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Embattled Clinton reaffirms commitment to North peace

February 16, 2011

By Staff Reporter

By Susan Falvella-Garraty

WASHINGTON, D.C. — With the impeachment controversy swirling around him, President Bill Clinton pointed to Northern Ireland as one of his foreign policy successes during his State of the Union address last week, declaring that "all Americans can be proud that our leadership helped bring about the Good Friday Agreement."

The president included an outline of his commitment to remaining involved in the Northern Ireland peace effort during his Jan. 19 address before both houses of congress and millions of television viewers, just hours after his own lawyers argued the case against his removal from office in the senate.

The White House sent members of congress a list of foreign policy initiatives in tandem with the release of the State of the Union address. Included in the initiatives was a strong statement detailing the administration’s commitment to see to fruition the Good Friday Agreement.

"President Clinton’s intensive diplomatic efforts helped achieve the landmark Good Friday Accord last spring, bringing new governing structures and a new era of cooperation to Northern Ireland," declared the outline.

"It’s no accident that Northern Ireland is at the top of the list," a White House official said. "The president is committed to seeing what was laid out in the agreement be implemented.

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"This is a public commitment and mirrors the ones we’ve been receiving privately that President Clinton intends on helping to get the agreement fully implemented. You can not underestimate what it does for the process."

The foreign policy initiative paper also reaffirmed the administration’s commitment to the International Fund for Ireland.

James Steinberg of the National Security Council said that the White House was upbeat on the current negotiations on the formation of the Northern Ireland executive.

"We were pleased with the recent events," he said from his office in the White House. Those events included the affirmative vote on the report presented by Ulster Unionist leader David Trimble on the shape of Northern Ireland’s future government.

"When we say we want to sell all the details delivered upon on the Good Friday Accord, we mean that we want to see decommissioning and the formation of the new government as both were outlined," Steinberg said.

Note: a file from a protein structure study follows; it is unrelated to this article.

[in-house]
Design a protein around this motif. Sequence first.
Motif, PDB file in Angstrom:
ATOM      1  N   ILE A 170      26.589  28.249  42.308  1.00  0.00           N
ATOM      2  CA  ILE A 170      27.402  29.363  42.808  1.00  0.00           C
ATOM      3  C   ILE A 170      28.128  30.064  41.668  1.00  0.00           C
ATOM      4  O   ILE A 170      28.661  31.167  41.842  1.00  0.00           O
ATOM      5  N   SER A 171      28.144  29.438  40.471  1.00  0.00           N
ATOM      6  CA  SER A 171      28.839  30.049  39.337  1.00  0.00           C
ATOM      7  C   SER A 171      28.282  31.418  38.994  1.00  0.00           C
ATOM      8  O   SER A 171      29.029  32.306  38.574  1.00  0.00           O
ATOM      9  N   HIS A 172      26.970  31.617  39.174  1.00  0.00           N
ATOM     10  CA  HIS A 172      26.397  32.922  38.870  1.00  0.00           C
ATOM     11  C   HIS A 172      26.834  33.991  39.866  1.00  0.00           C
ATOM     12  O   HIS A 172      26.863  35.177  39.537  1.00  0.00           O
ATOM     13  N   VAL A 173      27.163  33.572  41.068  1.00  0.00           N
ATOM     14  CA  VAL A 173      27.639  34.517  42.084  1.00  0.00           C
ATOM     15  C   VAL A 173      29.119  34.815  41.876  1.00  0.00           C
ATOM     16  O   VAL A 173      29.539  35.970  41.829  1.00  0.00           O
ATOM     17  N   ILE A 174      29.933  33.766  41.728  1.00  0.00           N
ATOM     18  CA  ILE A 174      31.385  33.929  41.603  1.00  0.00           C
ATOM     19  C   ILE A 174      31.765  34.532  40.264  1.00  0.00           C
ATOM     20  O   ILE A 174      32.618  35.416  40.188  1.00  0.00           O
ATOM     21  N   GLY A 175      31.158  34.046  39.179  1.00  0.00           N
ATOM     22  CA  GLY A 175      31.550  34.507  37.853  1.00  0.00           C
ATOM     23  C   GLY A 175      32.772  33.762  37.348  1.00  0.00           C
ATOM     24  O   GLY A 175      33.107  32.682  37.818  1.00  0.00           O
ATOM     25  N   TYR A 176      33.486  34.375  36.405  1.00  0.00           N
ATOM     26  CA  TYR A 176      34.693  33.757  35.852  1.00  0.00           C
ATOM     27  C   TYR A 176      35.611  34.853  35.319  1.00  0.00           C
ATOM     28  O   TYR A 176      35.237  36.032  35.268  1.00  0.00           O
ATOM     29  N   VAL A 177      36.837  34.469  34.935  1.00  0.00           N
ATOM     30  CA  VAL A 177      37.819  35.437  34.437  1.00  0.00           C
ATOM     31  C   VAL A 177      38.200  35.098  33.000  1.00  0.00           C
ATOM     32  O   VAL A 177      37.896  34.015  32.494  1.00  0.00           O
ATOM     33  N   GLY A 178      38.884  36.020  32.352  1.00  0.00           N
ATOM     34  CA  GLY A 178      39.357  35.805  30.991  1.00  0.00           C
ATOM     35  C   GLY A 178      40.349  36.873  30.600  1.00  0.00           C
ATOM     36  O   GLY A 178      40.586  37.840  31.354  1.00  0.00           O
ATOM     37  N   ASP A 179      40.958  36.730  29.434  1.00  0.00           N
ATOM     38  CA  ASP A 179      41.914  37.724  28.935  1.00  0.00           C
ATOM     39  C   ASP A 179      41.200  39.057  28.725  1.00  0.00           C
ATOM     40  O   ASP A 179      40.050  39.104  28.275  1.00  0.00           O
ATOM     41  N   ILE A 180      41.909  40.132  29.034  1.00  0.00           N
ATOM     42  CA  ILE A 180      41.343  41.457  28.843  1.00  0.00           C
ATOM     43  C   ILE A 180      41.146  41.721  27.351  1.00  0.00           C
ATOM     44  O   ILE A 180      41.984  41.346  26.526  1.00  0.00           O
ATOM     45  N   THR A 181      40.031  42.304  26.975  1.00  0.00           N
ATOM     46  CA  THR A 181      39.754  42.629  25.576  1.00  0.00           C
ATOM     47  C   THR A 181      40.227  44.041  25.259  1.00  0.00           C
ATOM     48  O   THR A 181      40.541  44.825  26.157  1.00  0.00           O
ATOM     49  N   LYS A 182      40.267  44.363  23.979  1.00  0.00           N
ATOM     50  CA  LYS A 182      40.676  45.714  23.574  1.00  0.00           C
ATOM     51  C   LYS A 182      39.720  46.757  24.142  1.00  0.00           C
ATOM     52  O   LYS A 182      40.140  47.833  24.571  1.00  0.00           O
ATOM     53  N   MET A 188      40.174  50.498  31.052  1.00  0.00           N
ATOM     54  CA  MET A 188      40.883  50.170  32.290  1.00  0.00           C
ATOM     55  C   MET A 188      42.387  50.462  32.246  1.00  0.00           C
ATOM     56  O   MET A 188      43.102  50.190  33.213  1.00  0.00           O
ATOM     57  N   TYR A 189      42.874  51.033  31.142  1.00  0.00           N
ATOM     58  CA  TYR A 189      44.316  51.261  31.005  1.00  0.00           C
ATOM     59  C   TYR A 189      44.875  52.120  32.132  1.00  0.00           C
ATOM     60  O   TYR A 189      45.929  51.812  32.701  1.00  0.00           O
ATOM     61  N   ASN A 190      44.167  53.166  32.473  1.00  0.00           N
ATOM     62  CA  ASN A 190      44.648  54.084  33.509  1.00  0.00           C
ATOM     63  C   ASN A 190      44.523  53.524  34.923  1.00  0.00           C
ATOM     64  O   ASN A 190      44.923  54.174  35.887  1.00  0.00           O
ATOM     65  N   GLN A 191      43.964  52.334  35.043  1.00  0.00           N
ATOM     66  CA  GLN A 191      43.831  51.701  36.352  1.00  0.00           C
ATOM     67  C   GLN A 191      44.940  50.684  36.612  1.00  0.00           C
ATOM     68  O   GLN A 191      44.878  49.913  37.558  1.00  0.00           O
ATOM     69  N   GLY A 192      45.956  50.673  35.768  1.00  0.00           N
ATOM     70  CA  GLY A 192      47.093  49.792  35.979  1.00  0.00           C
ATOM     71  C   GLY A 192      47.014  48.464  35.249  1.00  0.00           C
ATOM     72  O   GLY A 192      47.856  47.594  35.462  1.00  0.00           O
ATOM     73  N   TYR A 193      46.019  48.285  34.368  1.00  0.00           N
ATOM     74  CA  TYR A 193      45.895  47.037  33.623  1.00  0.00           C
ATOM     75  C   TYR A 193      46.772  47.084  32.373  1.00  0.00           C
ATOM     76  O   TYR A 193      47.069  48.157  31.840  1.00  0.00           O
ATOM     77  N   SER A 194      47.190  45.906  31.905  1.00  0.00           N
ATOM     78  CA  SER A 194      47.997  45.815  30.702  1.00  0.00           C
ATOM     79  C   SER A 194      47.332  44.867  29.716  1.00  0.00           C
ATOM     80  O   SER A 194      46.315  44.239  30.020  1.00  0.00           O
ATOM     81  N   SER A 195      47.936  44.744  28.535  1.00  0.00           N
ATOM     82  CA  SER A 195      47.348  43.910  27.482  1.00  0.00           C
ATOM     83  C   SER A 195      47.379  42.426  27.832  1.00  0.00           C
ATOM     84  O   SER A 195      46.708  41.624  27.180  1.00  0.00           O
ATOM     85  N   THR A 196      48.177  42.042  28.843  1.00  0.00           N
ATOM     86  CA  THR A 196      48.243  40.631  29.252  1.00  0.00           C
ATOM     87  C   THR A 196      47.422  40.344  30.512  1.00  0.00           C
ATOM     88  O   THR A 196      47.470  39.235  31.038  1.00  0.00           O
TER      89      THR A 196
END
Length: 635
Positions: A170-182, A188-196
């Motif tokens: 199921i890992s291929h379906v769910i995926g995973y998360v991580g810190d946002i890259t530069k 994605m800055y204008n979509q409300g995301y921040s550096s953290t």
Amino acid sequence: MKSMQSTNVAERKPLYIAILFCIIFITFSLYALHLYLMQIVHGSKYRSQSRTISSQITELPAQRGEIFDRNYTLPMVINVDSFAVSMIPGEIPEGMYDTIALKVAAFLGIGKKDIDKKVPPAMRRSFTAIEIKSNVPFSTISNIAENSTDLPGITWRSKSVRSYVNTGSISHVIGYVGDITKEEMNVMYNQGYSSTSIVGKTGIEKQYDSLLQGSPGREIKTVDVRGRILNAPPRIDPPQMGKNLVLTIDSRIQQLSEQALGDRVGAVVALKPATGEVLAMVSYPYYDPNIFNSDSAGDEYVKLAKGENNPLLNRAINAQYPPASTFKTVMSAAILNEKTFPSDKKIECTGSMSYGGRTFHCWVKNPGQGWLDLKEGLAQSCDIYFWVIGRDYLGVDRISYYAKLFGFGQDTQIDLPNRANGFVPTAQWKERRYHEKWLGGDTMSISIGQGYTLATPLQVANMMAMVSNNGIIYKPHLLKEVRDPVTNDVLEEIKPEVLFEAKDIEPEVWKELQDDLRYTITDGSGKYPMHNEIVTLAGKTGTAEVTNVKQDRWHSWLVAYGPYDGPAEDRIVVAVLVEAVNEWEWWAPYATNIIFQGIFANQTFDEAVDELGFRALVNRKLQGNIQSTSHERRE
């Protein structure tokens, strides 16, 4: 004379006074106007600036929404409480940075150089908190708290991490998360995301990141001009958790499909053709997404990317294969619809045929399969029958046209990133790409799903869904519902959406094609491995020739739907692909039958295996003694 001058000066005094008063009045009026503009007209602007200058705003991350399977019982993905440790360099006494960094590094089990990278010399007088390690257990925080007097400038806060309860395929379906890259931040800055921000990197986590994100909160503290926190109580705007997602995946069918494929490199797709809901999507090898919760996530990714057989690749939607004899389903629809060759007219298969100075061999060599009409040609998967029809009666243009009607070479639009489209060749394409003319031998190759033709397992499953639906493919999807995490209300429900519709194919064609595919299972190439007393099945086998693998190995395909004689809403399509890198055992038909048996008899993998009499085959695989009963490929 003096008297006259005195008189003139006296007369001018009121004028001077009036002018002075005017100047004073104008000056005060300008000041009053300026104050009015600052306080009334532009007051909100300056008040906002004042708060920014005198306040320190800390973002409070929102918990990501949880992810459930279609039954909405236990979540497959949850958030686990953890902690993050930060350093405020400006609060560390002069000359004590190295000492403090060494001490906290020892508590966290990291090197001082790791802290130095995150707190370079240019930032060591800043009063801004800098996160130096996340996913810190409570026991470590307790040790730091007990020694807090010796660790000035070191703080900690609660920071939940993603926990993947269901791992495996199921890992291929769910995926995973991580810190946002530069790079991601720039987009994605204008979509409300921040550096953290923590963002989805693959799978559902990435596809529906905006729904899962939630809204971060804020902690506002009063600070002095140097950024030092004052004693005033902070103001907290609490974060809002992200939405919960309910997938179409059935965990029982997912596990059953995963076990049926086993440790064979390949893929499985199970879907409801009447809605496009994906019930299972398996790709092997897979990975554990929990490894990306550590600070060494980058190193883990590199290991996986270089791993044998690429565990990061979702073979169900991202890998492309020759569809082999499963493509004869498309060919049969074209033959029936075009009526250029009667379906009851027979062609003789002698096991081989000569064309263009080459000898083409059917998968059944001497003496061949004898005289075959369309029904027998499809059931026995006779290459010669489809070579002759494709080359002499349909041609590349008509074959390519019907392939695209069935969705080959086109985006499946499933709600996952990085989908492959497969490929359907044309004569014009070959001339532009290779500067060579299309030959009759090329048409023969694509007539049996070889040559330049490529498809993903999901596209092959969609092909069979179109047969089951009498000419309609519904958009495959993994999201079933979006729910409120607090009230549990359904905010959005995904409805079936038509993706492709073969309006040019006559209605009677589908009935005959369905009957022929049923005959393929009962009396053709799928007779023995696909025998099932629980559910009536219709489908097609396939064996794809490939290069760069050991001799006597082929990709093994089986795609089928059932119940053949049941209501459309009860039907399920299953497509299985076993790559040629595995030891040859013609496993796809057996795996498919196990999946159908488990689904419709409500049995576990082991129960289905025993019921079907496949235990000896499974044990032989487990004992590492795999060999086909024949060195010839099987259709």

Cross-border initiatives

The Clinton administration has also pledged to help foster cross-border initiatives and one such a program will be launched this week in Washington. A joint FBI-State Department Office of Anti-Terrorism Assistance program will bring together the heads of the RUC and the Gárda in a training operation at FBI headquarters in Quantico, Va.

RUC Chief Sir Ronnie Flannagan and Gárda Commissioner Pat Byrne will join officers from their organizations in training that is aimed to enhance their abilities to work together. The two have both trained separately at Quantico before. This will be a first joint training session.

FBI Director Louis Freeh will work with the leaders and their officers and will host a luncheon for the two while they attend the week-long program. The program is paid for by U.S. State Department funding.

According to an FBI statement, "experts will lead discussions on a range of topics such as human rights, the recognition of the diversity, stress management, and anti-terrorism and anti-crime strategies."

The FBI did not list any training or programs that address the issue of composition. Currently, more than 90 percent of RUC officers are Protestant. More than 40 percent of Northern Ireland’s population is Catholic.

British Ambassador Christopher Meyer will host a dinner at his residence in Washington in honor of Flannagan and Byrne.

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